In his speech, Villar mentioned about the supposed-to-be “death of TV.” On the contrary, he says “TV, that 32” screen in your living room, will be one of the surviving screens in the future.”
Villar notes that as smaller, ‘smarter’ screens are flooding the market, they get cheaper and cheaper to buy and becoming people’s default “screen” than the traditional TV, marketers would naturally get scared.
“But TV is not just about the screen, TV is what you watch. It is the teleserye that made you cry, the sitcom that made you laugh, the bit of gossip that made your jaw drop, the cute ‘artista’ that made you swoon,” Villar says.
He went on to say that today, “TV is accessible in every screen, big or small. The multiscreen phenomenon is not killing TV, it’s even making it more ubiquitous.”
Villar says with “ubiquity comes a bigger appetite for content. Not only do we want more of TV, we want to do more with our TV, we want to interact with it, play with it and be a part of it.”
Largely single-TV households
In the Philippines, Villar says, traditional TV is still prevalent. Majority of people, in fact, still flock to watch their favorite shows.
He cites “Be Careful With My Heart” breaking 30 percent ratings before noontime. “When that happens, you know that TV viewership is alive and well,” he says.
This TV-centeredness of Filipinos, according to Villar, actually helped shape ABS-CBN’s version of “multi-screen” that is largely focused on content.
“It’s the content that people converge around. Powerful content can lead to new and meaningful experiences for the audience,” he emphasizes.
“When a show becomes a “hit,” it is because it has engaged various audiences in various ways. A “hit,” therefore becomes an ideal springboard for alternative executions where the same piece of content is re-engineered to create new experiences, to be enjoyed in new media,” he continues.
Villar shares ABS-CBN’s three initiatives in which the network has created new experiences by re-engineering the medium via: Digital Terrestial TV (DTT), Imortal and Iwantv.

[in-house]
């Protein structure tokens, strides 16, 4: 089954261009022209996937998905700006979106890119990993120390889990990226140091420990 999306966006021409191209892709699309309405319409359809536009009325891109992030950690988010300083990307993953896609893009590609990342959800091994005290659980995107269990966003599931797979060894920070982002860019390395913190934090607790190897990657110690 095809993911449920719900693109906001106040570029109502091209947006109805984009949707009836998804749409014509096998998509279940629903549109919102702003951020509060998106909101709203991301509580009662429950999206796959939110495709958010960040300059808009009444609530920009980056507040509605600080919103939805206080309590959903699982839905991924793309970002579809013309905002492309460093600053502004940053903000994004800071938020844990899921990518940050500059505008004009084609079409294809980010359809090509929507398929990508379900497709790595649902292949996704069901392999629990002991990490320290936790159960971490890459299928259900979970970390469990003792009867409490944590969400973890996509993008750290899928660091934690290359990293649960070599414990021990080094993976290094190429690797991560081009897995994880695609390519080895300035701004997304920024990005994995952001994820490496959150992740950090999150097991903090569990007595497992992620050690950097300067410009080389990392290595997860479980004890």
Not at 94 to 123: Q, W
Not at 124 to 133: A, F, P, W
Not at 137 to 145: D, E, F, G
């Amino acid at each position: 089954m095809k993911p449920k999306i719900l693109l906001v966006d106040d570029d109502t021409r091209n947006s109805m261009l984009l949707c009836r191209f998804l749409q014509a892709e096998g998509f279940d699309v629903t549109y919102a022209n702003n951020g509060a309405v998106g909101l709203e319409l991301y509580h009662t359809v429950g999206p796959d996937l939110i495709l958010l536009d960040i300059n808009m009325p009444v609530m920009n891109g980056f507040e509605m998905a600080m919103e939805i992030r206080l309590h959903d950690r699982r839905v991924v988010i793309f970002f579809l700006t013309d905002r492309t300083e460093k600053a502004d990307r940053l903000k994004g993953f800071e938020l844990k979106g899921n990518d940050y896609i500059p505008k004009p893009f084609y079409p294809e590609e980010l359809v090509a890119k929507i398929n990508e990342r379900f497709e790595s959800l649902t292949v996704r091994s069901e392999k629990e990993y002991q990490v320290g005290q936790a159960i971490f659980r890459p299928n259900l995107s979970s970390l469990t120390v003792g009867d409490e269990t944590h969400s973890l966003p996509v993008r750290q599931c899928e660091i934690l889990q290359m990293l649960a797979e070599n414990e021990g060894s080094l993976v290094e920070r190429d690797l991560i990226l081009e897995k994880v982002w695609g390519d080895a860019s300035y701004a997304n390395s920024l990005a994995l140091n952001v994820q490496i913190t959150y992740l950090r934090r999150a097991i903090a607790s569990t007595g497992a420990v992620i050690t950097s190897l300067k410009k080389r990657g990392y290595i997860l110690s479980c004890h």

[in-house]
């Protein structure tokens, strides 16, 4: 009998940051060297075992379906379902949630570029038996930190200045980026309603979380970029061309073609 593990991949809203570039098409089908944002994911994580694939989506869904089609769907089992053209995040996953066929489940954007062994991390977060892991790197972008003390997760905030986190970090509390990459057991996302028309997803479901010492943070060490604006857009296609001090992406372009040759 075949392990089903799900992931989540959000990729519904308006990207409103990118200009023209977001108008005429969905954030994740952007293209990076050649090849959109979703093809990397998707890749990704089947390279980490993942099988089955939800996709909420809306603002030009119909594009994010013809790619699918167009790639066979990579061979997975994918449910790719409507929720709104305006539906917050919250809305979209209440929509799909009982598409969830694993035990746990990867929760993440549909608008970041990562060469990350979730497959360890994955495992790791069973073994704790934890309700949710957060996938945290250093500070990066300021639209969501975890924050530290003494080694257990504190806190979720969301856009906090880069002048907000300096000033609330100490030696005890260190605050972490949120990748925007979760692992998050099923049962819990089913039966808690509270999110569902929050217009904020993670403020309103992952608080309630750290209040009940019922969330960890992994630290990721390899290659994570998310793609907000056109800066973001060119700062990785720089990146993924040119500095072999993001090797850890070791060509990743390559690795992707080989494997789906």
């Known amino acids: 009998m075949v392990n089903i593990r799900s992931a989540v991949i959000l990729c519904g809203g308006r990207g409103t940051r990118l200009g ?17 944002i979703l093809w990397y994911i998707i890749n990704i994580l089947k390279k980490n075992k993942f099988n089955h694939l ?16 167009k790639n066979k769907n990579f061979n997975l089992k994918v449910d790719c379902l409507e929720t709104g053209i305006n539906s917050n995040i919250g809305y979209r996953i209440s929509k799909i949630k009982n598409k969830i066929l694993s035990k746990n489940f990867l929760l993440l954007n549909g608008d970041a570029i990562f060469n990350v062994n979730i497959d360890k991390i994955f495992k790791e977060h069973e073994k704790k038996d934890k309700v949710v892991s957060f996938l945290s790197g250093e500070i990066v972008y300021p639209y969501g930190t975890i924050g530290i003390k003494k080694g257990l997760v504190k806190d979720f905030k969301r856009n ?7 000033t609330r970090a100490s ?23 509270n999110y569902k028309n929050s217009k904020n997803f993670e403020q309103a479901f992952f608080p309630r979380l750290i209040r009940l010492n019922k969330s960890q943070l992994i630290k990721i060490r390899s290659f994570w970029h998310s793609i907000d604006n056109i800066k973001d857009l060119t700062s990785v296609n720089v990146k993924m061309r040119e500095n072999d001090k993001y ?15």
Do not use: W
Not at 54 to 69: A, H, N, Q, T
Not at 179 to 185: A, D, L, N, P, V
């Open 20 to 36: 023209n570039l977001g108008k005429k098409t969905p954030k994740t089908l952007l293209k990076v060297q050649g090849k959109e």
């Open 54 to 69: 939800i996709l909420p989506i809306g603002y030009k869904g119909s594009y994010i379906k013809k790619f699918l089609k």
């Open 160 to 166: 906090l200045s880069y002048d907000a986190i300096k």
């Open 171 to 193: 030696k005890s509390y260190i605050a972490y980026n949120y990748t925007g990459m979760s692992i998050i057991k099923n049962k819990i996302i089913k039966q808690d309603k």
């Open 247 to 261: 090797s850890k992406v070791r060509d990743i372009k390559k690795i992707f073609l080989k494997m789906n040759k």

“Each of these offers different insights into how content compliments technology in shaping viewer behavior,” he says.
DTT is the digital black box, the platform by which content is transmitted over a digital signal giving significant improvement over the current analog technology.
The result is a clearer signal and better overall viewing experience. It is the evolution of TV toward meeting the needs of the Filipino family.
In many parts of the world, like Japan and Europe, “DTT is already the norm,” Villar says. “We hope that the Filipino audience will soon enjoy the same digital technology—sooner than later,” he says.
Villar also punctuates the further evolution of the medium through the network’s iWantTV, an online video platform that offers free access to video content owned and licensed by the same and its subsidiaries.
He stresses how iWantTV has made TV enjoyment on Filipino audience’s terms.
iWantTV is now the country’s most successful local video site, averaging 18 million page views per month, 1 million unique users per month, with 1.2 million registered users and still growing.
In today’s digital environment, how do we deal with the changes of the TV medium, multi-screen, cord-cutting, and other doomsday scenarios?
Villar concludes: “They shouldn’t cause us to panic. As a matter of fact, we should embrace them, because rather than signal the death of TV, they should actually herald a new age of ubiquity for TV,” he says.